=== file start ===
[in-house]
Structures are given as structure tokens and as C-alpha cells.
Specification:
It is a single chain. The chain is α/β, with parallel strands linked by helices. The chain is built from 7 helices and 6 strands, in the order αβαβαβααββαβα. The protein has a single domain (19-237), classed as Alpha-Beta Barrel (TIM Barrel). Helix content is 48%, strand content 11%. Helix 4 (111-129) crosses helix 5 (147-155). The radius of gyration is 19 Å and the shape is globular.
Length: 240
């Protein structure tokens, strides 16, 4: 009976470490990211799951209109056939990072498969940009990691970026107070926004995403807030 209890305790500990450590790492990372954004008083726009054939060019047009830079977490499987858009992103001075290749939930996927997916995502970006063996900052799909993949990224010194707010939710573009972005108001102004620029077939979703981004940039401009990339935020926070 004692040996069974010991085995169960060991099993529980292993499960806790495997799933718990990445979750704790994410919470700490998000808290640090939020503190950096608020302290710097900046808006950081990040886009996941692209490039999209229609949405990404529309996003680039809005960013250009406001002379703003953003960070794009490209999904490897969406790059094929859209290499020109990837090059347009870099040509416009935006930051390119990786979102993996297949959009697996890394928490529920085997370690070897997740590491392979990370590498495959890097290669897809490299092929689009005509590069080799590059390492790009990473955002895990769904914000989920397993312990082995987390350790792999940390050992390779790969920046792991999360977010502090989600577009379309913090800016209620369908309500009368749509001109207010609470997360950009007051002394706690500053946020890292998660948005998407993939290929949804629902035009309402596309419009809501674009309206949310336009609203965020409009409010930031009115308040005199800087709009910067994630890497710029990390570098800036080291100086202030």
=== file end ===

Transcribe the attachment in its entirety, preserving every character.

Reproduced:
[in-house]
Structures are given as structure tokens and as C-alpha cells.
Specification:
It is a single chain. The chain is α/β, with parallel strands linked by helices. The chain is built from 7 helices and 6 strands, in the order αβαβαβααββαβα. The protein has a single domain (19-237), classed as Alpha-Beta Barrel (TIM Barrel). Helix content is 48%, strand content 11%. Helix 4 (111-129) crosses helix 5 (147-155). The radius of gyration is 19 Å and the shape is globular.
Length: 240
């Protein structure tokens, strides 16, 4: 009976470490990211799951209109056939990072498969940009990691970026107070926004995403807030 209890305790500990450590790492990372954004008083726009054939060019047009830079977490499987858009992103001075290749939930996927997916995502970006063996900052799909993949990224010194707010939710573009972005108001102004620029077939979703981004940039401009990339935020926070 004692040996069974010991085995169960060991099993529980292993499960806790495997799933718990990445979750704790994410919470700490998000808290640090939020503190950096608020302290710097900046808006950081990040886009996941692209490039999209229609949405990404529309996003680039809005960013250009406001002379703003953003960070794009490209999904490897969406790059094929859209290499020109990837090059347009870099040509416009935006930051390119990786979102993996297949959009697996890394928490529920085997370690070897997740590491392979990370590498495959890097290669897809490299092929689009005509590069080799590059390492790009990473955002895990769904914000989920397993312990082995987390350790792999940390050992390779790969920046792991999360977010502090989600577009379309913090800016209620369908309500009368749509001109207010609470997360950009007051002394706690500053946020890292998660948005998407993939290929949804629902035009309402596309419009809501674009309206949310336009609203965020409009409010930031009115308040005199800087709009910067994630890497710029990390570098800036080291100086202030």